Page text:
I also borrowed a copy of Colson Whitehead‘s new book Apex Hides the Hurt, which I think I was just too zoned out on meds to get, and Melissa Bank‘s The Wonder Spot, which I found surprisingly un-put-downable for being about rather mundane subject matter. It’s basically just about the life, from early puberty through adulthood, of this very ordinary woman who’s not particularly good at anything, struggles to find a suitable career, struggles to find a suitable man, struggles with losses of friendships and family members — it delineates a normal female life, basically. Yet it was a very interesting read for me. I find myself constantly struggling to be not normal, to be above average, to have everything — be a dancer with perfect technique and artistry, as close to professional as possible though I well know I started way the hell too late in life for that; I dream of someday winning a major literary award, but it’s incredibly difficult just to write the first draft of my novel with an intellectually- and emotionally-demanding 50-60-hour-a-week job as a lawyer; and I want to be this amazing lawyer who argues a groundbreaking case before the U.S. Supreme Court and writes formidable law books and articles, well respected as being at the top of my profession, but there’s no way I can even keep up with developments in criminal law outside of that required by my job with the writing and dancing. I guess Bank made me think, wow, some people, most people, almost all people in fact, just ARE, and that’s enough, that’s perfectly fine, that’s even interesting to read about. And Bank herself — I’ve often been so envious of her, as I’ve been of other writers who’ve had a bestseller or won a literary award or had their book made into a movie, but this is really only her second book and she’s not 15 years old. I mean, you can have some accomplishments, and still be ‘accomplished’ … as long as I have some things in life to be mildly proud of, I guess I’m okay; I don’t completely suck as a human being.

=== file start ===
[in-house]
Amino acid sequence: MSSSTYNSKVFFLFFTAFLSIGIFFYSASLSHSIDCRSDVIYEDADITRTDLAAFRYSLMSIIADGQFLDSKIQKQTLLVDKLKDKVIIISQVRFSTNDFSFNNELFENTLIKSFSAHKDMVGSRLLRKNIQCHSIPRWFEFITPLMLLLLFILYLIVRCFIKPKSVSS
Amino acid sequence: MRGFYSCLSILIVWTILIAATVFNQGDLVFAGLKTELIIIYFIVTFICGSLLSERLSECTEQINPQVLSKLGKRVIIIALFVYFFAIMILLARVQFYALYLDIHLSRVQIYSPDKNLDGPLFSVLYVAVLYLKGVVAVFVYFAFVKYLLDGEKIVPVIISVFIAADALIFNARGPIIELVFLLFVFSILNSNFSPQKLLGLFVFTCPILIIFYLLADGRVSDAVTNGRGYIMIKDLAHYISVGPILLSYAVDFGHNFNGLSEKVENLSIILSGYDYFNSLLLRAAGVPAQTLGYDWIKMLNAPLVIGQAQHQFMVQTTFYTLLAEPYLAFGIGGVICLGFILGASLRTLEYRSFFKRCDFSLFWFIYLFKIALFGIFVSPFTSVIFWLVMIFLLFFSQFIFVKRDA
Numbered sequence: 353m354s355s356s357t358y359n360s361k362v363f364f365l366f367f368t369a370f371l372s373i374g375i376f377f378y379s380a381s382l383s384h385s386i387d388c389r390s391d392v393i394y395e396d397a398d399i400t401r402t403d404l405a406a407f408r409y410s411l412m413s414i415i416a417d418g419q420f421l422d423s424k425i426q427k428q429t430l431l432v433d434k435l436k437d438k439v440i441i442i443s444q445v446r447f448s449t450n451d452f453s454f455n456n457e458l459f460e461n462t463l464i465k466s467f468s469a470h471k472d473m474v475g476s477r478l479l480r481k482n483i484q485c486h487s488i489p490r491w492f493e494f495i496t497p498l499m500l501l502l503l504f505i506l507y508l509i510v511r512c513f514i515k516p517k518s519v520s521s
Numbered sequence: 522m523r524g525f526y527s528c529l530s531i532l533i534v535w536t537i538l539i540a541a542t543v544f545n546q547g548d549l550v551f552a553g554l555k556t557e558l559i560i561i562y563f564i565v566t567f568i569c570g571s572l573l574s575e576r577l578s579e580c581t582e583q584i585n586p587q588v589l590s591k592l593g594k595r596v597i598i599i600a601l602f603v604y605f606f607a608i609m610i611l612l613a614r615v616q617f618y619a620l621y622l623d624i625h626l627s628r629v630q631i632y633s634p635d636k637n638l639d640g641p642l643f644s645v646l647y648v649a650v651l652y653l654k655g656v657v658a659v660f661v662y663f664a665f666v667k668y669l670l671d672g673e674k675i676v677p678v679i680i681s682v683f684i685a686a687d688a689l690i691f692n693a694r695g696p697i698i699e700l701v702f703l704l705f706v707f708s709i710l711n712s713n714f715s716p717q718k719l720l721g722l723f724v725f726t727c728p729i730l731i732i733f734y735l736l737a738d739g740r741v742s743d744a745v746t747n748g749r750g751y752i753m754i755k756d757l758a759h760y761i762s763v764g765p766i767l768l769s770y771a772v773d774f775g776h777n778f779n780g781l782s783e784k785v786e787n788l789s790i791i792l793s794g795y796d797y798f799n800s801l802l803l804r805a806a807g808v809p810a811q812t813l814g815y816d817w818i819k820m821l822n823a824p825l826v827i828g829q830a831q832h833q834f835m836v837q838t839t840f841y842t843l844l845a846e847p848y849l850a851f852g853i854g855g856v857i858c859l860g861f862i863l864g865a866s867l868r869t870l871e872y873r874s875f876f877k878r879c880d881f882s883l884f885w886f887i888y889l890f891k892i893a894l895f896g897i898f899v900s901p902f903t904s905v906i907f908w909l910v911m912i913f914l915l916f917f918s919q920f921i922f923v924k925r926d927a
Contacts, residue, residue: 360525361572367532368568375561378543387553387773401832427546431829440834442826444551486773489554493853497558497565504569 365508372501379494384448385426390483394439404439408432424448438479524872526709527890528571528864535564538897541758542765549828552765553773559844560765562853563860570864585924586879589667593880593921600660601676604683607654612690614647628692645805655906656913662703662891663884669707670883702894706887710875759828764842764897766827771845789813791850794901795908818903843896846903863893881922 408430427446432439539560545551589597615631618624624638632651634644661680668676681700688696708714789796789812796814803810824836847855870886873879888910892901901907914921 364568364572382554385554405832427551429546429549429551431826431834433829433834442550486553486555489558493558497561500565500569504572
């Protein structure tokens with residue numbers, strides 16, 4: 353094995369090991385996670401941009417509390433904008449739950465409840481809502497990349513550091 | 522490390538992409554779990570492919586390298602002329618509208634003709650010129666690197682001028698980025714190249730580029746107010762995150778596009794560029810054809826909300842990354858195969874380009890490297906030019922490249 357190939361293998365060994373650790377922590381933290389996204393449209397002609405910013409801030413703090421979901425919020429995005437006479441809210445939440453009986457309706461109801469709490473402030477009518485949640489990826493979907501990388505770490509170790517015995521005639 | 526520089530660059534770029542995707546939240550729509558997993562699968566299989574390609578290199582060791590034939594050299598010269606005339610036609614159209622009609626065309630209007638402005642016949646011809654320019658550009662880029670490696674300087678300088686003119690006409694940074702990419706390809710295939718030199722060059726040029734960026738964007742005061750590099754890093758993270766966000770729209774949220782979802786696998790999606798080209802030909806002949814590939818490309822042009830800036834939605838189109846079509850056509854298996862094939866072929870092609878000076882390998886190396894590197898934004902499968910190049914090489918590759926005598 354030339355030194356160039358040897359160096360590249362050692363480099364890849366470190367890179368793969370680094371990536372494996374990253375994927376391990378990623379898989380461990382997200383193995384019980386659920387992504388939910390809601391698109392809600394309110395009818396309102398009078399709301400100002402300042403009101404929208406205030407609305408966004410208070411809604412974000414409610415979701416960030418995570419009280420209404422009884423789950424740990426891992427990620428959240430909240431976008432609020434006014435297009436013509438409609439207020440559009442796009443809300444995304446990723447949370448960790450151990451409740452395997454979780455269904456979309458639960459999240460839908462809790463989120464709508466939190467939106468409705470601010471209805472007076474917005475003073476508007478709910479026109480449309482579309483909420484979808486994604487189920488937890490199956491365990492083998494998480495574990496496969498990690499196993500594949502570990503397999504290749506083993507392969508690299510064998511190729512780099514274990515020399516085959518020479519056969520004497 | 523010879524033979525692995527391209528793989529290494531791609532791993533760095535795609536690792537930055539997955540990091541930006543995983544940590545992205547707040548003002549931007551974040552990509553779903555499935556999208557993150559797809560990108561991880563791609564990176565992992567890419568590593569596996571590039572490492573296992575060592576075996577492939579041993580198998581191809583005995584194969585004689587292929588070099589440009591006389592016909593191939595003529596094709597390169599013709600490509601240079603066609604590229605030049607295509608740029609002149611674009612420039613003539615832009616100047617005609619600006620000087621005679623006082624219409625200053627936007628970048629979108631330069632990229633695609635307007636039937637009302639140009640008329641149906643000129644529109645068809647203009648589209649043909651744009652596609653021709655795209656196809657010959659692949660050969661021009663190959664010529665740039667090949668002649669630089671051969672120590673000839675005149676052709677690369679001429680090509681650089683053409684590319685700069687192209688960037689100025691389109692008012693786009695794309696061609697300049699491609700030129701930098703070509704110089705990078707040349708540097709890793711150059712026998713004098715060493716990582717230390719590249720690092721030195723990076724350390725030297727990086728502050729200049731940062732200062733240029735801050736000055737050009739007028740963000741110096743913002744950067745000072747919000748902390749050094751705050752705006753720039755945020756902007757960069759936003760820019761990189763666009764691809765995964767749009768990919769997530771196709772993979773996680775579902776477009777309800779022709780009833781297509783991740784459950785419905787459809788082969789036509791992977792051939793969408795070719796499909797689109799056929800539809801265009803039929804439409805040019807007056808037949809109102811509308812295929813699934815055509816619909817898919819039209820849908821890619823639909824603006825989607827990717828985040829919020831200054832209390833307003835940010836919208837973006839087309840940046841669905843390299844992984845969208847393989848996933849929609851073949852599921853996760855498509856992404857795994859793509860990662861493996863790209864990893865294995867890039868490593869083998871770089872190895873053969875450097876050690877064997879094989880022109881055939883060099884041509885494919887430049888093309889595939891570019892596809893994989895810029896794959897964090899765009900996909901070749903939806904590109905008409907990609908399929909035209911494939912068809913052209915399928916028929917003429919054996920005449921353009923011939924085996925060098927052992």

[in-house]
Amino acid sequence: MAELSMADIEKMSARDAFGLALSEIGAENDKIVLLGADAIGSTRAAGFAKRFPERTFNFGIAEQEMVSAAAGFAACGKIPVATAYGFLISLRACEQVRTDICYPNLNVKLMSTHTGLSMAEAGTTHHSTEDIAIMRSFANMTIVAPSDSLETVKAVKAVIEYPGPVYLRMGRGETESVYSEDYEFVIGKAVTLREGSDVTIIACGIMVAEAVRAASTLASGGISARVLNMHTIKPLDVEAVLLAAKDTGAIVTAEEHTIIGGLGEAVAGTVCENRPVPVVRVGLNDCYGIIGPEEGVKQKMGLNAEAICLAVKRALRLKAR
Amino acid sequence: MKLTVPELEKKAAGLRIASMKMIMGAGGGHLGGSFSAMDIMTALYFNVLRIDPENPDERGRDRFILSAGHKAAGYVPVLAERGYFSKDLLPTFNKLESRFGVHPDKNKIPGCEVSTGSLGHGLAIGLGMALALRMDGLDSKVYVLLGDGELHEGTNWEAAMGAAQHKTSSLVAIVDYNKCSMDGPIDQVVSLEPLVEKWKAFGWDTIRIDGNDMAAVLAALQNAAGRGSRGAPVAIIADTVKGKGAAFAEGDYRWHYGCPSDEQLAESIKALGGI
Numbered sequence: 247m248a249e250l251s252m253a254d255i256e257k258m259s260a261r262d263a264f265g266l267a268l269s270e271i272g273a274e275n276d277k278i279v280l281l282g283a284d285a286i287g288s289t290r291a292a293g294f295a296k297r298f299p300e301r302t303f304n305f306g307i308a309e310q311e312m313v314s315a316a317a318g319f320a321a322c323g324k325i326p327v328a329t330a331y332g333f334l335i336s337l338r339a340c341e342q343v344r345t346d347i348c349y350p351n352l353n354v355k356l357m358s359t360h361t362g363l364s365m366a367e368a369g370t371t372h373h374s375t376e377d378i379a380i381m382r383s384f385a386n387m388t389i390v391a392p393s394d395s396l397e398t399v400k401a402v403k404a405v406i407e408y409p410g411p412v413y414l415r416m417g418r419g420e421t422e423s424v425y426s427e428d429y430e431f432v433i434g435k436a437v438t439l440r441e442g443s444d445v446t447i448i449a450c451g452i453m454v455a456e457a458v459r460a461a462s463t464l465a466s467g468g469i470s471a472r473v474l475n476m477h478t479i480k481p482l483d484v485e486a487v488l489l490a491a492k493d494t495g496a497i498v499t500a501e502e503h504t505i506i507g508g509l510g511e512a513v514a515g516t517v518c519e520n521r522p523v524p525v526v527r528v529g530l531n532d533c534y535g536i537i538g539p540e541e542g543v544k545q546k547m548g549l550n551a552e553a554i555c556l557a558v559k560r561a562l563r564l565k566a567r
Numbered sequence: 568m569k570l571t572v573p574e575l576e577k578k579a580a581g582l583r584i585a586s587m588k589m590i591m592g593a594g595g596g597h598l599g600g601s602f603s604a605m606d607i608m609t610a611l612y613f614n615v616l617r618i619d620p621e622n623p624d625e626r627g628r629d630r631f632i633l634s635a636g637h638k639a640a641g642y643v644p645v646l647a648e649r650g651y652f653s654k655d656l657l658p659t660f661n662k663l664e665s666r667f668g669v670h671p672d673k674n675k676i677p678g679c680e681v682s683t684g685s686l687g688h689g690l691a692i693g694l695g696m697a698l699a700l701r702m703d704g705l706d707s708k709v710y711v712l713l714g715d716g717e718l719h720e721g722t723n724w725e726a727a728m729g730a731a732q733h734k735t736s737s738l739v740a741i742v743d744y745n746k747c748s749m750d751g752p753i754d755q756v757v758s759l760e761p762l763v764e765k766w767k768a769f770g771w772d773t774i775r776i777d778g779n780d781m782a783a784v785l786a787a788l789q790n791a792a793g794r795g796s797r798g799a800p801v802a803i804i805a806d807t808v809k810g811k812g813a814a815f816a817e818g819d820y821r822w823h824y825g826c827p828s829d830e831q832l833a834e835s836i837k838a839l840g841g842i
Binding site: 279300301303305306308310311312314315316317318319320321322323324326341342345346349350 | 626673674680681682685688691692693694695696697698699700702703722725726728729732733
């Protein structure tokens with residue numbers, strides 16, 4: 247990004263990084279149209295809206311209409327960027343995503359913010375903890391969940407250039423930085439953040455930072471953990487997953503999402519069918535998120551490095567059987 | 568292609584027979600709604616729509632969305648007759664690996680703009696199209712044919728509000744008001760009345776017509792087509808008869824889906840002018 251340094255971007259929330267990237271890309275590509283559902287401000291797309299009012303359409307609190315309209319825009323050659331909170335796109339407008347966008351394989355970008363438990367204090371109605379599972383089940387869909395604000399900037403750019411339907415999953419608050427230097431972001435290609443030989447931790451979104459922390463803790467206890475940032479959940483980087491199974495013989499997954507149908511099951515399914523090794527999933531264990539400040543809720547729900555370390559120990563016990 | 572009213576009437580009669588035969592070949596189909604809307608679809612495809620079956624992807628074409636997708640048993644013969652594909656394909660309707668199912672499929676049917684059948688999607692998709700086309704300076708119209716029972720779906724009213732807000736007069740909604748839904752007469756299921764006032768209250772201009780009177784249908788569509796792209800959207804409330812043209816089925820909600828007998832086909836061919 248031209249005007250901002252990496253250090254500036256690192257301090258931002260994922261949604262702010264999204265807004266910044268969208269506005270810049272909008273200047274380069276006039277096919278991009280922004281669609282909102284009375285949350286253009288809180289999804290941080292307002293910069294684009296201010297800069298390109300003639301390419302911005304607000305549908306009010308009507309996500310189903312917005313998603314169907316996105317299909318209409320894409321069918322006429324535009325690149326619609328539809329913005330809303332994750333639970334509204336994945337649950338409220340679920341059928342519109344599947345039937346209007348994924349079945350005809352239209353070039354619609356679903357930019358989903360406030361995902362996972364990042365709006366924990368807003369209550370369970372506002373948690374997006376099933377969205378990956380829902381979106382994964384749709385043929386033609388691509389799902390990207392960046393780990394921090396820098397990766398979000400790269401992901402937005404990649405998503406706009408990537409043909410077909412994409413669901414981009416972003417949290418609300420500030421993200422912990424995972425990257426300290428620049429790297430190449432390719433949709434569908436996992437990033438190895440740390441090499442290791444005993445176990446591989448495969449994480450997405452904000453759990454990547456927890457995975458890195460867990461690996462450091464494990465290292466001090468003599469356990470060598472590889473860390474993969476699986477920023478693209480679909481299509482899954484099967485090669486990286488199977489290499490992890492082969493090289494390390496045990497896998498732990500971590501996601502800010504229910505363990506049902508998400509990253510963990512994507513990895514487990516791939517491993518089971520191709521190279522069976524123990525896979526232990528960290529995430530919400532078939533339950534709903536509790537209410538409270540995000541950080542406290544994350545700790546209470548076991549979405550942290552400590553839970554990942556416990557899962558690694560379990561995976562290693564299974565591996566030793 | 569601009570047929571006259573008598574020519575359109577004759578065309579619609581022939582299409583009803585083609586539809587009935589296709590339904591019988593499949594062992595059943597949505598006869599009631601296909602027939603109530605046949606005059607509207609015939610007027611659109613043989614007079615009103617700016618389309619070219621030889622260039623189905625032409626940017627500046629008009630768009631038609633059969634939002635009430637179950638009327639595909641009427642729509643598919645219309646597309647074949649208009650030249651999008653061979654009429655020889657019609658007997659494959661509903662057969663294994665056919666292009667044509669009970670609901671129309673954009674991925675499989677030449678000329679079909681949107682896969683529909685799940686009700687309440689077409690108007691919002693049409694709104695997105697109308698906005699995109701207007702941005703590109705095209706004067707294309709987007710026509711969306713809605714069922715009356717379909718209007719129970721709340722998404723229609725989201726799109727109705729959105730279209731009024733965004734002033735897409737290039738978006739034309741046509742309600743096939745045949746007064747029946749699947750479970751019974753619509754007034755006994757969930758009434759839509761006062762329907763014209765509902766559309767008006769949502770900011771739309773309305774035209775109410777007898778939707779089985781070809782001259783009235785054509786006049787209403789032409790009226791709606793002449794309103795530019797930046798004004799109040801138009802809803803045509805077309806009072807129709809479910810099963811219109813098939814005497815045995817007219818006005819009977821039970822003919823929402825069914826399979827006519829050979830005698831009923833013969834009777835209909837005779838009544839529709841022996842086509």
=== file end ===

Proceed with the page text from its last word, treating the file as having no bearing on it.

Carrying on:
But then: across the street at my bookstore, I also picked up a copy of this month’s Pointe magazine, whose cover story features the illustrious David Hallberg, whom of course I’ve been gushing over for the past couple months since he just brilliantly danced his first season as an ABT principal (and has been writing smart little entries for The Winger blog). The mag contained mostly pretty pictures, and the story was way way too short for someone as sophisticated as he, but one thing he said at the end stood out. “Everyone blooms at a different time,” he said, and in the past three to four years he’s had to learn to calm down, have patience, stop “worrying about everything happening at once.” He’s 24 years old! So, at the ripe old age of 20 he had to force himself to stop obsessing over not yet being hailed as one of the world’s greatest dancers, which of course he now is; he’s definitely on his way anyway. So, hmmm, weighing Bank’s protagonist’s way against David’s — I choose David’s! Definitely. I guess even if it means HEEAADDAACCHE??…

One Comment

  1. hey tonya, glad you are feeling better. Thanks for the review of Melissa Banks’s new book, I really like her first book. I want to read her second book now. I too feel the desire to be good at something and do something extraoridinary, but I am learning to accept myself. nicole